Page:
By Sarath de Alwis –
“Epidemiology is like a bikini: what is revealed is interesting; what is concealed is crucial. ~ Peter Duisburg – Molecular Biologist, Berkley
On 2nd March 2020 the President dissolved parliament. Should he have done it? The answer is plain, effortless. There was no reason for him not to do it. He did not see the pandemic coming.
The bird sings not because it has an answer. The bird sings because it has a song.
I did not vote for this president. That said, since a majority decided to pluck lemon, in this season I am reconciled to drink lemonade. In this hour of existential crisis, we must not blur the thin line between solidarity and stupidity.
No epidemiologist, no immunologist, no virologist told us or the President that we should not hold elections in April.
No one knew. No one knew, because we did not have the means of knowing. That is the point of departure of this essay. We do not have an authoritative national watchdog agency to audit disease control, protect environmental health and formulate guidelines of community medicine.
Such an authority with the expertise and recognition to articulate an opinion could have made such a determination. The President would have listened.
The Pandemic tells who we are and where we are. Plagues hold a mirror to the society they afflict.
The Black death epidemic in the fourteenth century laid the ground rules of the modern state. It devised methods of isolation and adopted rules of quarantine.
Societies had to evolve methods and means to halt terrifying disease that struck seemingly healthy people.
Otherwise the ruling elite would have focused only on protecting themselves, their surfs and their slaves. There will always be forensic flunkeys of Wijedasa Rajapakse types to trivialize parliament and our liberty.
The Pandemic crisis has exposed the inadequacy of our public health administration. Our health system should not be the popularity vehicle for Minsters of Health.
We must have a director of public health with a’ weltanschauung’ that will build a new generation of researchers who will build links with peers beyond our shores.
There is a separate and an evolving discipline of Medical Anthropology that addresses issues of stigmatization and marginalization.
It explores new avenues of understanding the links between technologies of epidemic control and the distribution of mortality and vulnerability in and after pandemics.
We must make greater investment in prevention-based health care.
The coronavirus is on a mission of its own. It is surveying our political landscape. It is testing the tensions of our political systems. History will judge how we respond.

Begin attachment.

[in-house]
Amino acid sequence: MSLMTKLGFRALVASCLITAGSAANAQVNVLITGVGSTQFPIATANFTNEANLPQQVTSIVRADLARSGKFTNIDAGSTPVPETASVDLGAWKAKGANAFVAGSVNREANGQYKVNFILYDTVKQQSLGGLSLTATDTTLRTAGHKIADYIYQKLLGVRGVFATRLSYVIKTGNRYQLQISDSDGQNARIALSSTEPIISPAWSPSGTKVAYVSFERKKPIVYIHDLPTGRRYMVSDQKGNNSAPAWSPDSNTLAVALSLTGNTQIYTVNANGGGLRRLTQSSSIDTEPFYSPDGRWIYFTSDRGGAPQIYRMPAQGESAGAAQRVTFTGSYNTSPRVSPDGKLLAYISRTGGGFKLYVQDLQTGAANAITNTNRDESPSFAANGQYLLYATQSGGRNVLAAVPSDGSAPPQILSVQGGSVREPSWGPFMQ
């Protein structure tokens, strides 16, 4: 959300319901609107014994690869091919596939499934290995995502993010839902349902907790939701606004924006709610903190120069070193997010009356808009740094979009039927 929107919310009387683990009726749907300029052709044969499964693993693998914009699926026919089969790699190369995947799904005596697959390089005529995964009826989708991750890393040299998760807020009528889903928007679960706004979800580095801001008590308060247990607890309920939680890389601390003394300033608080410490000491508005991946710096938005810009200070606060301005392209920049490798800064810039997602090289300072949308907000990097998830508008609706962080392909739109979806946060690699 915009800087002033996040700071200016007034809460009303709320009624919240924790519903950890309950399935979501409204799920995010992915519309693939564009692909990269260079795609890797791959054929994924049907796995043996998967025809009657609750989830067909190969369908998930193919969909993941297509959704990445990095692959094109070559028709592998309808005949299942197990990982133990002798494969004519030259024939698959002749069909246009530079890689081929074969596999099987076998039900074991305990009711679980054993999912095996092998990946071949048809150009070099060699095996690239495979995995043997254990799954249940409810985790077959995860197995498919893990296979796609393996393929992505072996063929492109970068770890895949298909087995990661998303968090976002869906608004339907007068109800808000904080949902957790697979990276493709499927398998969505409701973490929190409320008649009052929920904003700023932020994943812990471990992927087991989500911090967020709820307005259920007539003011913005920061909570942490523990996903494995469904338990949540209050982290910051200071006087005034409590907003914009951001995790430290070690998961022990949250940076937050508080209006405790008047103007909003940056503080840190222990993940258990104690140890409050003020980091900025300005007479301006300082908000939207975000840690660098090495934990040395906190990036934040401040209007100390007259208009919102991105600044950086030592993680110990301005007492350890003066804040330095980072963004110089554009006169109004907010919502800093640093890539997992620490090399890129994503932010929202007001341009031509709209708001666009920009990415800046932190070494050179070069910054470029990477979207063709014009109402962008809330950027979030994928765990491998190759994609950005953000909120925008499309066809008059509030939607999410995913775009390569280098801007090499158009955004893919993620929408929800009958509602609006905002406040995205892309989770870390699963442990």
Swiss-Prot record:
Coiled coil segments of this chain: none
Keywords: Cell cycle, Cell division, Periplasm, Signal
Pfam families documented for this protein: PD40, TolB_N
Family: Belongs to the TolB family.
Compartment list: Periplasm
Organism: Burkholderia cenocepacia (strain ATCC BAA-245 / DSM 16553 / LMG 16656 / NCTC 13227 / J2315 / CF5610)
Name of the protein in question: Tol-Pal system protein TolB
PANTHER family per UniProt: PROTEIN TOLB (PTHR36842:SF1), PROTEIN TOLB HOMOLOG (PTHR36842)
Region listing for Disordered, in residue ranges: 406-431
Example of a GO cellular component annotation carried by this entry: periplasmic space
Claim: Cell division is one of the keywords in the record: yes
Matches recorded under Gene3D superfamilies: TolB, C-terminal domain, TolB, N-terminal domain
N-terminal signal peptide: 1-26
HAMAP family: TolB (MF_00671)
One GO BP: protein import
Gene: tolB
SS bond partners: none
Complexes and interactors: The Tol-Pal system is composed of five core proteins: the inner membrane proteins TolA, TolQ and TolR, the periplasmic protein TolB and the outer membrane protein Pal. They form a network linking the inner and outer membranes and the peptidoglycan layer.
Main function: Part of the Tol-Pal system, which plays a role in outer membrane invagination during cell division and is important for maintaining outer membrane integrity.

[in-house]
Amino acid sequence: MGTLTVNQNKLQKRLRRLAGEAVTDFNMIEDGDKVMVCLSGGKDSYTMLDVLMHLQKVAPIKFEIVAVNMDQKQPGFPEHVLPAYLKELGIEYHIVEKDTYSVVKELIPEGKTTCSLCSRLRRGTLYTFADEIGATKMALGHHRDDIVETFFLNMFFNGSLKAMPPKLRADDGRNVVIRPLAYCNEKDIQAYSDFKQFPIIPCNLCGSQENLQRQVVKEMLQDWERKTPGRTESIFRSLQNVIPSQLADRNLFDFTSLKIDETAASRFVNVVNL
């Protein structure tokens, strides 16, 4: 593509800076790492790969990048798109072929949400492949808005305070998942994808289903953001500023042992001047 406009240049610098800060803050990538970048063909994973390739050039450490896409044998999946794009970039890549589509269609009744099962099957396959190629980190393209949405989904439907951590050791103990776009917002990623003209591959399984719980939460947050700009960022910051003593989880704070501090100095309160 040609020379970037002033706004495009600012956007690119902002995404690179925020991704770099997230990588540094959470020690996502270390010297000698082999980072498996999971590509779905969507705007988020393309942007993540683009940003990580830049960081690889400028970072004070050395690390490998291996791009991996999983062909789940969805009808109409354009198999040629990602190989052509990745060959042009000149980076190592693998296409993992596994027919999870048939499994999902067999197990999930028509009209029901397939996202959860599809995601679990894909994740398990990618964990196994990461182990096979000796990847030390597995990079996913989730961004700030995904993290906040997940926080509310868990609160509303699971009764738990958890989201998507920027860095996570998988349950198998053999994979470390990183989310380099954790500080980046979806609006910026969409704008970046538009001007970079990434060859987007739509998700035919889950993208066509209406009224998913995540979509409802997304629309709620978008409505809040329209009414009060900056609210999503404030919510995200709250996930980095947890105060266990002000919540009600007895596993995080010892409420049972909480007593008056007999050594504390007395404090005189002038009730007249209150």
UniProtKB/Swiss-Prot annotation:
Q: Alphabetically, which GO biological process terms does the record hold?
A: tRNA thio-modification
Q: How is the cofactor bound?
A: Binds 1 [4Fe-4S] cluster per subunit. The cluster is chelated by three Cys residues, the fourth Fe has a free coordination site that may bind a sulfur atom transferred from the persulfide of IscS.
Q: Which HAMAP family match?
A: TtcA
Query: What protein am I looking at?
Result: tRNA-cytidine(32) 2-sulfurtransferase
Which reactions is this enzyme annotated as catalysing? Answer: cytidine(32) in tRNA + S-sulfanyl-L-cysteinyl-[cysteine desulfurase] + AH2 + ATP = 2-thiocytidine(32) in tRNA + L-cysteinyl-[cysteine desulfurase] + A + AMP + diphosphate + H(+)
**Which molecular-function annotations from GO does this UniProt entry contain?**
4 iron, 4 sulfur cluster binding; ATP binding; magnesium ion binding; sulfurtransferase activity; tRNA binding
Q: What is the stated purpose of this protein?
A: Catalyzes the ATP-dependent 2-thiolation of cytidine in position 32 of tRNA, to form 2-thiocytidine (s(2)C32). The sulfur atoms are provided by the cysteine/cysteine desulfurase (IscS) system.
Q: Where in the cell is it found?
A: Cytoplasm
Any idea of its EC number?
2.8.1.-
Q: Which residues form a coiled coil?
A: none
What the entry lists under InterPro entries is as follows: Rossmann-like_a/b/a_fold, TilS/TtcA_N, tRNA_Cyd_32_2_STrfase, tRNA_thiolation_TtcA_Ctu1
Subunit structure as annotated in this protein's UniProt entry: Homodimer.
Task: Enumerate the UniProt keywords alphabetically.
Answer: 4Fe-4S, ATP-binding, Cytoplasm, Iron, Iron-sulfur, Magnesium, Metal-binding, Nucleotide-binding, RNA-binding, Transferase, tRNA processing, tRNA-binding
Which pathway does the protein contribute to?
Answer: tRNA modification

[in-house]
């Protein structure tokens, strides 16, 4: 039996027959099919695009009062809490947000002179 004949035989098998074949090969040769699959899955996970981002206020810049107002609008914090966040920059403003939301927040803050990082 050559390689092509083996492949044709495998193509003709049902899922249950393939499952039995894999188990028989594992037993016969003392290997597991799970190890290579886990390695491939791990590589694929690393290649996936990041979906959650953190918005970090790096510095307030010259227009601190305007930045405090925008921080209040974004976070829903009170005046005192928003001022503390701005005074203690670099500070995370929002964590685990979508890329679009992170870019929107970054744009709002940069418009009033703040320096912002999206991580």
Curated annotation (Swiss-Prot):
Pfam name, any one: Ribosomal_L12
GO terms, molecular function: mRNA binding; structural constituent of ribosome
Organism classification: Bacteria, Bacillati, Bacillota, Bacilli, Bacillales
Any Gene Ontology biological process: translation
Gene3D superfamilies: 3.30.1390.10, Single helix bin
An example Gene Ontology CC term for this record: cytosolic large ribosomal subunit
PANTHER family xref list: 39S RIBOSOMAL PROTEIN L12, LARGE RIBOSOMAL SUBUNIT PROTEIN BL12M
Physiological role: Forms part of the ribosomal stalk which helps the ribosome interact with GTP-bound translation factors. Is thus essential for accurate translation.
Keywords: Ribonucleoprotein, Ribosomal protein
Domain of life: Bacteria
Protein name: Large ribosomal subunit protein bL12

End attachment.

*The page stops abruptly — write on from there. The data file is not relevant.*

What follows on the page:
I invite the reader to visit the Government of Sri Lanka website.
The website informs you that it has been last updated 04.28 pm on 7th January 2020 that is a week after China informed the WHO of the mystery virus.
The epidemiology unit of the Ministry of Health makes its first situation report on the Corona virus on 28th January 2020.
It imparts the following information.
An outbreak of pneumonia of unknown reason was first reported on 31st December 2019 from Wuhan City in Hubei Province of China.
On 7th Jan 2020, it was diagnosed as “Novel Corona Virus”
As of January 27, 2020, the Novel Coronavirus has been reported from 11 countries with 2798 confirmed cases and 80 deaths.
The incubation period is reported as 2-10 days.
Initially, the disease was reported to be spread from animal to human but now the human to human transmission has been observed
First confirmed case of Coronavirus infected person was reported from Sri Lanka on 27th January 2020. The patient was a Chinese national who came to Sri Lanka as a tourist 2 weeks ago.
Currently, the patient is admitted to the National Institute of Infectious Diseases (NIID). ï So far 5 other suspected individuals are at NIID under surveillance. Out of them, 2 are Sri Lankan.
12 hospitals around the country have been identified as the treatment centers for the suspected persons. (NIID, TH Ragama, DGH Gampaha, DGH Negombo, National Hospital Kandy, TH Karapitiya, TH Anuradhapura, TH Jaffna, TH Kurunegala, PGH Rathnapura, TH Batticoloa, PGH Badulla)
Returning Sri Lankan students who were in China are advised to stay in their homes with minimal contacts with others for a period of 2 weeks from the day of arrival to Sri Lanka.
In the event of the development of symptoms, inform the area PHI / MOH office and seek treatment at the closest above identified hospitals.
At present there is no official Health Ministry directive to wear face masks by the general public including school children.
In the event of wearing face masks, the colored side should be faced outside.
It reports the global situation as 2798 confirmed cases with 80 deaths. Local situation one confirmed patient. It lists preventive modalities.
Avoid close contact with people suffering from flu
Frequent hand washing
Avoid contacts with live or dead animal